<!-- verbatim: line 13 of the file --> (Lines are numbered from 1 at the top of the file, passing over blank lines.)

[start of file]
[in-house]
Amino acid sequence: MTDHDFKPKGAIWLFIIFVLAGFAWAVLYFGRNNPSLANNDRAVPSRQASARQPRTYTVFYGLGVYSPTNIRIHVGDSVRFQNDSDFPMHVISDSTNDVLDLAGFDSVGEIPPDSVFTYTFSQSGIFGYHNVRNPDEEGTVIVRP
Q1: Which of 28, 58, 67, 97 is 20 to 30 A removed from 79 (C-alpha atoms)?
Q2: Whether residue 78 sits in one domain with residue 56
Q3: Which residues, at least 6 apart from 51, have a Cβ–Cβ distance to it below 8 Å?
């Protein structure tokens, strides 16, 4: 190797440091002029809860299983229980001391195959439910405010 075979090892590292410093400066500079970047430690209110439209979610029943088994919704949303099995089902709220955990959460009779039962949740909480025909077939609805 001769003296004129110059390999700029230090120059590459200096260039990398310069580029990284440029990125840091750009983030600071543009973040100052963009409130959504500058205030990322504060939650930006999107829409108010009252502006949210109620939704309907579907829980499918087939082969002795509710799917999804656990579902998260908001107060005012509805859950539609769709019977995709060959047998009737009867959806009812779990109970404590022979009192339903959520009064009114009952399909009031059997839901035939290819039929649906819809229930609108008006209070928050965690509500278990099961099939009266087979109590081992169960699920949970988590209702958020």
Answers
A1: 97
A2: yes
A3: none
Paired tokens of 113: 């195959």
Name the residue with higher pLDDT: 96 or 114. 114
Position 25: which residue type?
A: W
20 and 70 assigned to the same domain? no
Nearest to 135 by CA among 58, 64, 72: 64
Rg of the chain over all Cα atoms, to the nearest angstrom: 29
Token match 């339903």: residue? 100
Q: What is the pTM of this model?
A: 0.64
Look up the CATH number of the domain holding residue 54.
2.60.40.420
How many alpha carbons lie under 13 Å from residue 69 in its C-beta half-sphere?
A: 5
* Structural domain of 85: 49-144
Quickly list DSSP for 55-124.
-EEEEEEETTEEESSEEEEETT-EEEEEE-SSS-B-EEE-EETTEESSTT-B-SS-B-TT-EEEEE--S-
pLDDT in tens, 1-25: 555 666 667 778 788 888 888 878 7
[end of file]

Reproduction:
Position 25: which residue type?